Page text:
Managed Bean in JavaServer Faces (JSF)

This article describes Managed Beans in JSF. A Managed Bean is a Java class file to which components of JSF pages are mapped.

Managed Beans

A Managed Bean is a Java class file to which components of JSF pages are mapped. A JSF application has one or more Managed Beans that handle the business logic or a backing Bean for the values of components displayed on the JSF page. Normally, a Managed Bean has getter and setter methods of the properties mapped as the component's value on JSF pages.

A Managed Bean is used to:

  1. Validate the components value.
  2. Handle an event fired by component on UI page.

Scope of Managed Bean

There are primarily 4 scopes in which a Managed Bean can be instantiated. They are:

  1. None Scoped
  2. Request Scoped
  3. Session Scoped
  4. Application Scoped

Let's take a simple example to better understand the scope of Managed Beans.

Example

I have created an index.xhtml file with a TextBox and a submit button. The TextBox field value is mapped to the Bean property textname using the expression language. An action to call an output.xhtml page on the click event is defined on the command button. The Output.xhtml file displays the value of the Bean property textname (in other words the value entered into the TextBox).

The following is the code for index.xhtml:

Code for index

The following is the screenshot of the index.xhtml file when run in a browser:

Screenshot of index

The following is the code for output.xhtml:

Code for output

A Java class named ExampleBean.java will act as a Managed Bean for this JSP page.

The following is the code for the ExampleBean.java file:

Code for ExampleBean

1. None Scope: A Managed Bean with this scope is not stored anywhere. It is created whenever it is needed.

Let me show you this assigning of the Managed Bean of a None scope.

None Scope

Now when you run the index.xhtml file, enter the value into the TextBox and click on the submit button, you will find it in the Bean displayed multiple times in server output window.

run the index

The reason for multiple occurrences in the Bean output is the none scope of the Managed Bean. The Managed Bean is initialized each time it is needed.

2. Request Scope: Under this scope, the Managed Bean value is stored and is available while the request is alive.

Request Scope

Now when you run the index.xhtml file, enter the value into the TextBox and click on the submit button, you will find in the Bean displayed in the server output window and the output.xhtml file displayed in the browser.

Index.xhtml file

output

Server Output

Server Output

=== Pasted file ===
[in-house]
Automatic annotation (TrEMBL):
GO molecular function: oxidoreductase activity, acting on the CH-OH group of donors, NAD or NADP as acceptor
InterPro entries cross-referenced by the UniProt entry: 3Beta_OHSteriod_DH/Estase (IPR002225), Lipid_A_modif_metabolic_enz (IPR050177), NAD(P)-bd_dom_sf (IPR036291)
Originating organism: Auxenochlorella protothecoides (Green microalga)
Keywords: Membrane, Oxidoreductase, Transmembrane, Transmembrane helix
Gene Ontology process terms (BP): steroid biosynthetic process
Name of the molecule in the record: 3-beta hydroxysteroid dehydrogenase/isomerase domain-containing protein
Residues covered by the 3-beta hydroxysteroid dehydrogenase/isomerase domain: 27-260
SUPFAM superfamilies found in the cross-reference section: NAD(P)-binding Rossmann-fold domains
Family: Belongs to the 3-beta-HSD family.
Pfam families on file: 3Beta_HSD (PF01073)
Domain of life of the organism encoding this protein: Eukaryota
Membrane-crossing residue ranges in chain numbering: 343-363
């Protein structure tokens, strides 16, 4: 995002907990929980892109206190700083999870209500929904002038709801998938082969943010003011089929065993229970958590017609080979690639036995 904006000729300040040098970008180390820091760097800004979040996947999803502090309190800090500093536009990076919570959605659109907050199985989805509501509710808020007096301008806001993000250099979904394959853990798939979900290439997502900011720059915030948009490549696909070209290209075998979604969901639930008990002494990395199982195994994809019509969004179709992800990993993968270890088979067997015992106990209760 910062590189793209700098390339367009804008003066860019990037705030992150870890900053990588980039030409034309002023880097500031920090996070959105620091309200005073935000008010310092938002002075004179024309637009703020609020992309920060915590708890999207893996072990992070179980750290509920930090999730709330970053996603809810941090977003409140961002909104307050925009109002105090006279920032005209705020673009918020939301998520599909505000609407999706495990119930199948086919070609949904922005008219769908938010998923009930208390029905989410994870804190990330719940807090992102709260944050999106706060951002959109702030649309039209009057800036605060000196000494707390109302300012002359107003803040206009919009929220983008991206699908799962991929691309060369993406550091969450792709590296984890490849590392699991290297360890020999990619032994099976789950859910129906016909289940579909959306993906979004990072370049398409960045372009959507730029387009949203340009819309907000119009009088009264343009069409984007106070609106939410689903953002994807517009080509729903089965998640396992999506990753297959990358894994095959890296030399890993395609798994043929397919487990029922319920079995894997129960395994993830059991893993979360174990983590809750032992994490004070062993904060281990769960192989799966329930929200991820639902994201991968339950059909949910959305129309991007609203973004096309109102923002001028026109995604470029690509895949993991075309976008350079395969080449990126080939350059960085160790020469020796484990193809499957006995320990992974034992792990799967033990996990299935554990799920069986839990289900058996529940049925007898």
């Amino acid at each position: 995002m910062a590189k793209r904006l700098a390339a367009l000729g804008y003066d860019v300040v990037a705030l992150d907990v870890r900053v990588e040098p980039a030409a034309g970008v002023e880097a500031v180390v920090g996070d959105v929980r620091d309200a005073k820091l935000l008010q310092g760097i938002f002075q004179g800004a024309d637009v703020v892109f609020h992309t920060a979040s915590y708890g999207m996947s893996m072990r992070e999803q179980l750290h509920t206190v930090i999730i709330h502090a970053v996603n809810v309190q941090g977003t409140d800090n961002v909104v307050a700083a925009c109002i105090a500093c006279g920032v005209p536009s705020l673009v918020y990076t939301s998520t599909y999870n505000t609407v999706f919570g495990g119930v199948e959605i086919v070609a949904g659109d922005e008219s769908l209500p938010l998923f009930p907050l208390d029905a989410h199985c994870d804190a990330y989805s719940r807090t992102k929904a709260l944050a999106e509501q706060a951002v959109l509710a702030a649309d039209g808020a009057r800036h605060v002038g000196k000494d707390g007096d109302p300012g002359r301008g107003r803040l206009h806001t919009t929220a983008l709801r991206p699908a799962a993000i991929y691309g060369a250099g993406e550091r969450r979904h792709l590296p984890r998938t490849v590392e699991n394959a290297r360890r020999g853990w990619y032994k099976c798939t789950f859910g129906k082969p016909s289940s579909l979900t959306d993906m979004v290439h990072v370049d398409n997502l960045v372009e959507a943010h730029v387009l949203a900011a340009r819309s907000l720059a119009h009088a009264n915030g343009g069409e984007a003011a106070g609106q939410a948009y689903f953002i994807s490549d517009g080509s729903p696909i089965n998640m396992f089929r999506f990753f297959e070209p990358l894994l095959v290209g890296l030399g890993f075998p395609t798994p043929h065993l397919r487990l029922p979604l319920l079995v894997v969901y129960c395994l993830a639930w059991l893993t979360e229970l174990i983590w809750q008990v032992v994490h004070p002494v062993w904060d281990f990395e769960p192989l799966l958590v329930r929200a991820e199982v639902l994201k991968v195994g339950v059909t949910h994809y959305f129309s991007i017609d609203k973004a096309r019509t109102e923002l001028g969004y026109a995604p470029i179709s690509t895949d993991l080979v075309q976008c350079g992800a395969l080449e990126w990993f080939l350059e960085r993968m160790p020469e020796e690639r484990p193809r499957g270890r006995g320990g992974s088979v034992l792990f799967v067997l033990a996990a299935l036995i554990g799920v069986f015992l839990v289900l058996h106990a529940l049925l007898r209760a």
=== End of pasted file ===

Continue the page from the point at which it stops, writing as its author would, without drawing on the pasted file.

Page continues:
Output.xhtml

Output xhtml

Now if I return to the index.xhtml file using the browser's back button and again enter the value into the TextBox and click on the submit button then one more Managed Bean object will be created.

Server Output

submit button

So each time a request is sent to a Managed Bean, a new object will be created and saved under request scope.

3. Session Scope: Under this scope, the Managed Bean object is saved and is available for use in the entire session. All the requests within the same session share one instance of the Managed Bean.

The following is the updated code for the Managed Bean:

Session Scope

Now when you run the index.xhtml file the Bean class object will be created once and saved for the entire session.

Server Output:

session

Now if you try and send multiple requests by going to index.xhtml and enter the value and click the submit button, the Bean class object won't be created. There will be output from the setter method only.

Server Output

Application Scope

4. Application Scope: Under this scope, the Managed Bean object is saved and is available for use in the entire application for all the sessions and requests. A Bean is given application scope only if we want one instance of the Bean to be shared in the application.

The following is the updated code for the Managed Bean:

Managed Bean

Now when you run the index.xhtml file the Bean class object will be created once and saved for the entire application.

Server Output:

application

There are two more scopes for the Managed Bean added to JSF version 2.0:

  1. View Scope: A Bean remains in view scope while the same JSF page is redisplayed. As soon as the user navigates to a different page, the Bean goes out of scope.

  2. Custom Scope: In this scope, we make an entry of our Bean to a custom map and assign that map a scope (normally a Session Scope). A Bean lives as long as the scope of the custom map lives.
I hope this article was useful to you. Thank you for reading it.